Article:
Gee, it could be on the cards! (laughs). I think so. I think there could be a bit of a “Bali Ha’i” type mood there, yeah. Well actually, the audience can get involved as well. Because Jonathon Welch of Choir Of Hard Knocks infamy gets a choir together and auditions some of the passengers to do a number. So that might work! All in all with this cruise, I could not recommend it highly enough. As I said, I was a sceptic and I’m an absolute convert now! My sister came this year. She only came to spend some time with me, but she’s young and loves a good time and she said she couldn’t believe how amazing it was.

Well that’s a big tick for the Bravo! Cruise of the Performing Arts. To change course a little, the next thing on your radar would most likely be the Vision Australia Carols by Candlelight in Melbourne on Christmas Eve. You’re a mainstay of that program, what do you love most about it?

It’s like a gathering of the tribe. The fact that everyone gives up their time to do it, including all the artists and everyone working on the event, it really is like an annual ritual gathering of the tribe. A feel-good event with lots of goodwill for want of a better expression. I think that aspect of it is the foremost vibe you get out of the night. You feel the weight and responsibility of being involved, but also the honour. To be asked back a few times as I have, I feel very honoured to do it.

Does Christmas hold any special significance for you personally? Do you have a favourite carol?

Well I do get asked to sing “The Holy City” more than probably any other. So they’ll ask me to sing it and I kind of go, ‘Can I really sing it again?’, and they all say they love me to do it, which is an honour because it’s a song I grew up with that my father used to sing.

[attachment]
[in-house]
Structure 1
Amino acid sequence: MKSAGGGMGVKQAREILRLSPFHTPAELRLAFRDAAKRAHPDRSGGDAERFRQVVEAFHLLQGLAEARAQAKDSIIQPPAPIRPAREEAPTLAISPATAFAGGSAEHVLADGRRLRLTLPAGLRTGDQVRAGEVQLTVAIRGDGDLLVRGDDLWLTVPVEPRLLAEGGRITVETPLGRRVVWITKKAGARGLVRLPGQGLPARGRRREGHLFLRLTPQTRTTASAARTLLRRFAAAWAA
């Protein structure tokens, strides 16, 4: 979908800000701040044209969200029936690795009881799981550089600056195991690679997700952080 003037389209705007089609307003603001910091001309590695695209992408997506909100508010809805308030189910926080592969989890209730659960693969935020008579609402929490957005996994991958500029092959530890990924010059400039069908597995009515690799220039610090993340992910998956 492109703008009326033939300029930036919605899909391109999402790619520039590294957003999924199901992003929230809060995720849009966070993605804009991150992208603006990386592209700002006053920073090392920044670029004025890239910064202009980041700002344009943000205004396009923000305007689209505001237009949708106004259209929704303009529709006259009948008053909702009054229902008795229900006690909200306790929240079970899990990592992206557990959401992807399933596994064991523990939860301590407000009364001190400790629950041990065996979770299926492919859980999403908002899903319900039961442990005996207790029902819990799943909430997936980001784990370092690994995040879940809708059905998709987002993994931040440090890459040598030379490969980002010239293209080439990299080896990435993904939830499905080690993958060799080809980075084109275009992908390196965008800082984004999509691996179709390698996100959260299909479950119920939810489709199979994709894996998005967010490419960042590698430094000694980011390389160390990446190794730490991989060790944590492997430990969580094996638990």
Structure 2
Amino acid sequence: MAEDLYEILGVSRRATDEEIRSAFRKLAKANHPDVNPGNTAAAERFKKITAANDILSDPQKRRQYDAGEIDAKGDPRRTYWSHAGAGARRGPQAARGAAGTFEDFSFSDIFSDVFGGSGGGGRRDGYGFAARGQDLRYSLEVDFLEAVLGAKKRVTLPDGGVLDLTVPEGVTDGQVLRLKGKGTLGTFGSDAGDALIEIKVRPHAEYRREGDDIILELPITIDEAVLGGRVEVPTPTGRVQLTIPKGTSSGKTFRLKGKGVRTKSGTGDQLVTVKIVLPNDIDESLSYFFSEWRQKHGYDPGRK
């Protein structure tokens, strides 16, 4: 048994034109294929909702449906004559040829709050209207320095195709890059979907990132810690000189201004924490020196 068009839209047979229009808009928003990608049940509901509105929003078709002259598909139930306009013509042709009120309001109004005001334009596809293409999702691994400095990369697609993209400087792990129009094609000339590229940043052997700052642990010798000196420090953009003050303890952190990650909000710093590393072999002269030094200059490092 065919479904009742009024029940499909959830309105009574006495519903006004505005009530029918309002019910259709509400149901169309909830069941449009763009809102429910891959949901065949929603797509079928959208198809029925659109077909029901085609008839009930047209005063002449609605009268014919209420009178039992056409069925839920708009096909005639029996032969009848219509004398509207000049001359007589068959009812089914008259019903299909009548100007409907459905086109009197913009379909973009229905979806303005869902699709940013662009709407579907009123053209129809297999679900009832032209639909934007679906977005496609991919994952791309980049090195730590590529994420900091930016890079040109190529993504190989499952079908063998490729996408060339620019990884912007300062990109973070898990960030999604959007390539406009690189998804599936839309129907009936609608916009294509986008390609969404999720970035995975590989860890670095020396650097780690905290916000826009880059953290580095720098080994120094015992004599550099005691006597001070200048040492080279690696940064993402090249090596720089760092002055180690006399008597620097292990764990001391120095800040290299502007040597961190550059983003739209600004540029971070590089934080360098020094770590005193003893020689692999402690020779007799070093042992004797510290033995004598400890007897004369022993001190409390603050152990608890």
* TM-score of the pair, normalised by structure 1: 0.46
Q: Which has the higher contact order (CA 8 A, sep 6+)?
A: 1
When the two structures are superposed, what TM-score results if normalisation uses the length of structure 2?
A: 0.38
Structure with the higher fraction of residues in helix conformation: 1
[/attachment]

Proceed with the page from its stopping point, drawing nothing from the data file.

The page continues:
By virtue of you performing it, it’s also a song that I grew up with because my mother has always been a little bit in love with you. So every year in my house at Christmas time, when you came on to sing at carols everyone was instructed to be silent during your performance, which was a rare thing in our house…

Look it’s a great anthemic carol. It really hits you in the solar plexus and if you sing it with honesty and integrity, then hopefully it rings true.

You’ve made a name as a classical and opera singer, but you actually started out as a rock/pop singer. Do you ever flirt with the idea of paying homage to your roots? So no plans to throw the cat amongst the pigeons and record a duet with Cold Chisel?

I dunno about singing with Jimmy! But yeah, I do flirt every now and then, doing more poppy stuff. Probably my days of singing, you know, Robert Plant are done. But I think if you’re going to sing that way, you’ve gotta really live it and it’s a technique which is all about muscle memory. So to sing classically, I’ve worked hard on training my voice for it.

It’s like the difference between a sprinter and a long distance runner or a soccer player and an AFL player, so you think could I make the switch? Israel Folau made a few code switches, from league to AFL to union, but he’d be a pretty rare example. The difference between hard rock and opera would be like going from AFL to…

Curling…

Yeah, curling, I mean you could do it but it’d be hard. So at a pinch I can do pop stuff. Mid to late 2008 I did a few pop albums, so that was almost a nod to the roots. I do do things like “Iris” by the Goo Goo Dolls or maybe a U2 song in a different kind of style every now and then.

One final question then… If they were making a movie about you, who would play you and what would it be called?

Wow. Well I think the best actor in the world is, well actually there’s no best. Subjectively my favourite actor is a guy called Mark Rylance who I saw play Hamlet back in the late 80s. So I’d be happy for him to play me because he’s such a great actor. He’s got a new film out now called Bridge of Spies. A new Spielberg movie. And what would it be called? Hobbo.

Ok, we’ll make sure we put two ‘b’s’ in though because otherwise…

Because that would be Hobo! Exactly!